Président de la Commission de l’Union Africaine (depuis le 1er. février 2008)
Now farmers’ organisations are looking at being more proactive in the CAADP process.
Regional farmers’ organisations (RFOs) such as the Southern African Confederation of Agricultural Unions (SACAU), Eastern Africa Farmers Federation (EAFF), Network of Peasant and Agricultural Producers’ Organisations in West Africa (ROPPA) and Platform of Peasant Organisations of Central Africa (PROPAC), together with national farmers unions from South Africa, Rwanda and Zambia, held consultations on 18-19April, 2007 with representatives of NEPAD/CAADP, SADC, COMESA and development partners and others.
The meeting which took place in Pretoria, South Africa, reflected on the four CAADP Pillars
1. sustainable land and water management,
2. rural infrastructure and market access,
3. food and nutrition security and
4. agricultural research, technology dissemination and adoption
as the basis for discussions for the necessary interaction between CAADP and farmers organisations.
Essentially these engagements were aimed at defining the CAADP governance structure and the positioning of regional and national farmers’ organisations (FOs). They also focused on identifying key issues and challenges in reaching an effective representation of farmers’ interests and to enhance the full commitment and contribution of farmers in the CAADP process.
The FOs reaffirmed and endorsed the CAADP as the main framework for revitalising the agricultural sector in Africa and asserted that their effective participation will be critical in successful implementation of the CAADP process.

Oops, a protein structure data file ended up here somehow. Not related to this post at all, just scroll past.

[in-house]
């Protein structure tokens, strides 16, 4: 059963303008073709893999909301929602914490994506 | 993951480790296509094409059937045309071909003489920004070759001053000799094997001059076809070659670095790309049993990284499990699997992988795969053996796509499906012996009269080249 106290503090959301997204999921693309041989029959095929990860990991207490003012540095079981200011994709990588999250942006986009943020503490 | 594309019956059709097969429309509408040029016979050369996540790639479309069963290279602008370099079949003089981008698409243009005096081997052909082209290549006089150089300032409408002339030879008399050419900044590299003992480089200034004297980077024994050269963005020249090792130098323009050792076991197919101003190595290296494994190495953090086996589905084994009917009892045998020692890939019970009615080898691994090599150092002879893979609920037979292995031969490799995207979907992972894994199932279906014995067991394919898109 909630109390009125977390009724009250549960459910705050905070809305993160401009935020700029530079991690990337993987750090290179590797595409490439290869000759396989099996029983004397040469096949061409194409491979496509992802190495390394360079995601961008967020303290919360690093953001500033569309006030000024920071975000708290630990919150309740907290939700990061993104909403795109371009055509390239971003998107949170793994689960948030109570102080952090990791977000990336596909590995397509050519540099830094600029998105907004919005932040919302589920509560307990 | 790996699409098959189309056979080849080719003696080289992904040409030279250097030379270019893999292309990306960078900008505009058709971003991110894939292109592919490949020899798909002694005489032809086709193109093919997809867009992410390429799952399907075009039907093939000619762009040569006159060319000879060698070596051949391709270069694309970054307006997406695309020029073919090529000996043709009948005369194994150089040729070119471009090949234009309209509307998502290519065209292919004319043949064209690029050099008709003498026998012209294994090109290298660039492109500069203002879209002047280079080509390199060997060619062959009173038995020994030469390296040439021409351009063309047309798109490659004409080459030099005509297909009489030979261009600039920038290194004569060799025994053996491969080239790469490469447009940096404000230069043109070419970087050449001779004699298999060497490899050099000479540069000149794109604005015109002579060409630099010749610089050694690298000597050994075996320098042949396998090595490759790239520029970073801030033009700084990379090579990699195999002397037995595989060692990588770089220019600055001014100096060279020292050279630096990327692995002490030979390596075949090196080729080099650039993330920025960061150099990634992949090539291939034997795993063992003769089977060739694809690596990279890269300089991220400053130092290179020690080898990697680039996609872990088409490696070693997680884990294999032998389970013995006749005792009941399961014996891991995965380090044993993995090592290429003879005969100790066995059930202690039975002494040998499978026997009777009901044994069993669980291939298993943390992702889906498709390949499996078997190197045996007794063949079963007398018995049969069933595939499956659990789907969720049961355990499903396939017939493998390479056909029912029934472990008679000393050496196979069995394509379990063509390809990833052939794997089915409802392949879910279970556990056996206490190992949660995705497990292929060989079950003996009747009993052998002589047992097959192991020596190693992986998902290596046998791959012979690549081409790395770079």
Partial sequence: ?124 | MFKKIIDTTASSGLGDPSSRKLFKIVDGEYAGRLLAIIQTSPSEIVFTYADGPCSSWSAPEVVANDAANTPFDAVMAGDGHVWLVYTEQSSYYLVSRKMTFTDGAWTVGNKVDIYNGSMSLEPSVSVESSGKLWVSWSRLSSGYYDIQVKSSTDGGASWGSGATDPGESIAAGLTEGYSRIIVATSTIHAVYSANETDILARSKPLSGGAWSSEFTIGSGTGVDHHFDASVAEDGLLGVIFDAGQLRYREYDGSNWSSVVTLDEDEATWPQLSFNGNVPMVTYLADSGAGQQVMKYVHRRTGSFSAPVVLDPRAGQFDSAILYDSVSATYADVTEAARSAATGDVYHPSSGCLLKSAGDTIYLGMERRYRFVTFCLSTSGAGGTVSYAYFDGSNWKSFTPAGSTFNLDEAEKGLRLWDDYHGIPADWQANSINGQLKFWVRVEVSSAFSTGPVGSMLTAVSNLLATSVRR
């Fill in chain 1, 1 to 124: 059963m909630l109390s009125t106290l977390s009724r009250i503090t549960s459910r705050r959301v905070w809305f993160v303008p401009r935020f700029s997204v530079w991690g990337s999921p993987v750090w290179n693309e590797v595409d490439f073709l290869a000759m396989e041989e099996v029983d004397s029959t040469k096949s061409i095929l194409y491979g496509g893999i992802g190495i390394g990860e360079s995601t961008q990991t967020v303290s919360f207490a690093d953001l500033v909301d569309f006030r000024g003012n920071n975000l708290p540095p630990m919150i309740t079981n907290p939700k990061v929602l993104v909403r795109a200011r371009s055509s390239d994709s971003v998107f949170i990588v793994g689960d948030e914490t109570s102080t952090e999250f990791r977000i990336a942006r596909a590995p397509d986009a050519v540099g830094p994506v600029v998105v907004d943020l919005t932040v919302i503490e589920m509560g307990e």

They expressed the desire to be more proactive and take responsibility for making their contribution to the implementation of the CAADP. However, they noted that their capacities to effectively engage and participate in the processes at all levels are inadequate. Previous capacity building efforts have had limited impact and radical changes are necessary.
Although NEPAD and the FOs embraced the challenge of working together, the fact that farmers and farmers’ organisations are still lacking a “voice” in the CAADP process is evident.
The FOs identified the following as key for their improved performance :
the need for a predictable enabling business environment in the respective countries and regions, the need to reduce the cost of doing business, the necessity to create strategic partnerships between agribusinesses and producers (farmers). The conclusions of the meeting included the following :
RFOs and FOs endorsed the CAADP framework in general and specifically as a relevant tool for implementing initiatives that will enhance the interests of their members.
There is a need for partnership agreements between the RFOs and Regional Economic Communities (RECs), and between RFOs and NEPAD.
Institutional capacity building is fundamental to the effectiveness and sustainability of FOs.
The effectiveness of FO’s in the CAADP process hinges on high level advocacy and lobbying.
Agribusiness and commodity associations should become part of FOs and RFOs.
A dedicated peer review mechanism for CAADP must be established and should include a representative of FOs.
Countries without FOs should be supported in establishing them.
FOs have a critical role to play in ensuring that the CAADP process promotes the development of domestic, regional and international markets for agricultural products.
FOs and NEPAD will work together closely to ensure a higher level of FO representation and involvement in AU/NEPAD structures.
FOs and NEPAD agreed on the need to convene a continent-wide summit for African farmers by the end of 2008.
FOs and NEPAD agreed on the need to establish a continent wide platform of farmers (from RFOs to farmer associations) to interact with the AU. Source : NEPAD, june 29, 2007